• Don’t judge all by a few. Most Saudi’s are just like you. They want the same things out of life s you. There are many who have “basterdized” and are hiding behind the religion. They have exploited those who could be influenced. Now, I’m not a pollyanna. I know a lot about Islam. What I don’t like is that the religion allows lying in order to further Islam and why are the heavenly rewards better for men than women, and are centered around a sexual, earthly, physical reward system when we are a spirit? Islam suffers from being influenced by the culture of whatever country it is residing in. So, that’s why some countries seem to have different standards than Saudi Arabia. Islam was formed from Nestorian Christianity and local Jewish culture/religion and the pagan religion. Allah is the most popular stone moon God worshiped prior to Islam. Mohammed kept him for the one God. So, now you know that their is NO connection between the Allah of Islam and the God/Jehovah of Christainity/Jewish religions. How could their be? Islam seems to be too full of hate and punishment in its theology when compared to Christianity. C. is about a relationship and assuredness of your end destination while I. offers no guarantee that you will make it to heaven and you have no idea until Judgment Day. Yes, many will say it is a religion of Peace but I really see nothing but Submission and Slavery to Allah, with no personal relationship – more of a distant master/slave relationship. I am not putting it down. Just my view after years of being around it. I don’t see much forgiveness and it seems to center around never questioning anything and threats to you when you do, But, it also depends upon what the philosopy of the family you come from, too.

  25. Sharique, I know you are a Muslim in India, but do you know why so many Islamic people are violent and hate anyone who is not Islamic?

  26. You are right. To the West, Saudi Arabia is a mysterious country. That is no problem as long as you are not scared. The fact is, that Saudi’s are normal people, like anywere else on this planet. They are as good as the average earth-resident. Their culture is different, but as long as we are not trying to force people in another lifestyle, there should be no problem.

  27. Hi there, I’m a Sunni Muslim from outside SA, and I don’t think it’s a perfect Islamic country. There is a lot of hypocrisy going on. And I also don’t like being called a kafir because I don’t agree with Muhammad ibn Abdul Wahab on many points… and then of course things like women being forbidden to drive and so. Don’t worry, we don’t all idealize the place.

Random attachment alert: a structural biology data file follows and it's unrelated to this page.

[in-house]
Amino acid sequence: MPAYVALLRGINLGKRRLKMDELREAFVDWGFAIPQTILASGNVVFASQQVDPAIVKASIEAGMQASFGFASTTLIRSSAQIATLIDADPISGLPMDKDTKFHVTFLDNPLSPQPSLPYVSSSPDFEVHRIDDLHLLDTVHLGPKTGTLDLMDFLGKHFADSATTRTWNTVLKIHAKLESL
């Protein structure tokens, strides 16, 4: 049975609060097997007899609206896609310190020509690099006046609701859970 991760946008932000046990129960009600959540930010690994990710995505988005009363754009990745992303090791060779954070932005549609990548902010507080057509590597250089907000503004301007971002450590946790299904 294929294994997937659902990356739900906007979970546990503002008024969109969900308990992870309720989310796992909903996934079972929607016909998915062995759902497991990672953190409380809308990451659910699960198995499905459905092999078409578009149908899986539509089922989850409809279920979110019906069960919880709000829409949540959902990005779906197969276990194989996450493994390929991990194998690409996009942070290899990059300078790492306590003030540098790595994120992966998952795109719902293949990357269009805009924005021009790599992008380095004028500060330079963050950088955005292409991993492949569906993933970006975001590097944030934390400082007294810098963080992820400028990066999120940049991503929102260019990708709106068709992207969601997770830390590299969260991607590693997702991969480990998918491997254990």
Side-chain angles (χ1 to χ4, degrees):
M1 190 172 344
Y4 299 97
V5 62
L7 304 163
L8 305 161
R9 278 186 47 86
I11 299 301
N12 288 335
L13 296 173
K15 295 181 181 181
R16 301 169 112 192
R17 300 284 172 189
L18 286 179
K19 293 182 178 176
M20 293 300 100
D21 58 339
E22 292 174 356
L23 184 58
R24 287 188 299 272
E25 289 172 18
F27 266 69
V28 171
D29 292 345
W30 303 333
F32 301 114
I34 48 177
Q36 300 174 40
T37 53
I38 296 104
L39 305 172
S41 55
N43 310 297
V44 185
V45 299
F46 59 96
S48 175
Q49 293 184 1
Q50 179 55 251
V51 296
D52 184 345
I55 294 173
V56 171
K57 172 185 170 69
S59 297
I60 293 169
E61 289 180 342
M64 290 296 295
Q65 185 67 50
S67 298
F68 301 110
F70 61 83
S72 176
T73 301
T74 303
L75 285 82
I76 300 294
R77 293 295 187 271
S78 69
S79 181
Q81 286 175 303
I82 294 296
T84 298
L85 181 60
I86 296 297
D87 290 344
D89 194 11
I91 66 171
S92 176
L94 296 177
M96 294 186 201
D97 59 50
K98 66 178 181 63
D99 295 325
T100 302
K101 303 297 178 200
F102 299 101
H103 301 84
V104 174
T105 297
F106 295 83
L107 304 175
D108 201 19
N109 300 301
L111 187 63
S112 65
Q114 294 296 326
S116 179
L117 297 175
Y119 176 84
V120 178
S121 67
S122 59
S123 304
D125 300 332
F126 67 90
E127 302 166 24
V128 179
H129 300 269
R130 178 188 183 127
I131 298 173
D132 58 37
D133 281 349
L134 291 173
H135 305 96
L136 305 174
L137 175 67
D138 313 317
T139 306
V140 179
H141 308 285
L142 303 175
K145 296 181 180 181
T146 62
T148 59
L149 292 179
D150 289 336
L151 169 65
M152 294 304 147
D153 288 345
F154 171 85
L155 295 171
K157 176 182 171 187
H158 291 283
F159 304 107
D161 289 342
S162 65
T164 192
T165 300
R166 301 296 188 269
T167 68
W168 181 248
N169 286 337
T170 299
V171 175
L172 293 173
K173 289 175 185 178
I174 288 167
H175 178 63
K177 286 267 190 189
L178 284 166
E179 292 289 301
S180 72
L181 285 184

28. “I don’t know whose idea it was to build residential compounds for foreigners where they can live behind high walls and closed gates.”

    It was the Saudis’ idea to build those compounds to segregate foreigners from the Saudis. When I lived in Saudi about 10 years ago, as a single woman I was given compound housing as my only choice. While I was not specifically told to not socialize with Saudis, it soon became apparent that doing so would draw the attention of the muttawa. Most of the people I knew who got in trouble with the muttawa were because they socialized with Saudis. The muttawa/government did not want our “western morals” to rub off on the locals.

  29. “How All Of Muslim World Looks To This American”

    The President of Iran is busy preparing for the end of the world. He’s convinced he and his like-minded will inherit paradise, and the rest of civilization will inherit hell. As he works toward nuclear bombs and test fires missiles to deliver them, the UN stalls and delays any move to stop him. The Europeans are on a perpetual vacation from reality and see nothing, hear nothing, know nothing. Bombed Planes, trains, buses, churches, subways, buildings etc. are to them just “misguided bad people acting out.” They can’t bring themselves to say the words “Muslim killers” because the bombers may get angry. The American President and to some extent the U.K. Prime Minister have tried to awaken the world from its stupor, but in each of their countries almost 50% of their respective populations are too lethargic, lazy or just plain stupid to see what the Islamic fundamentalists have planned for them, even when Muslims have told them to their faces.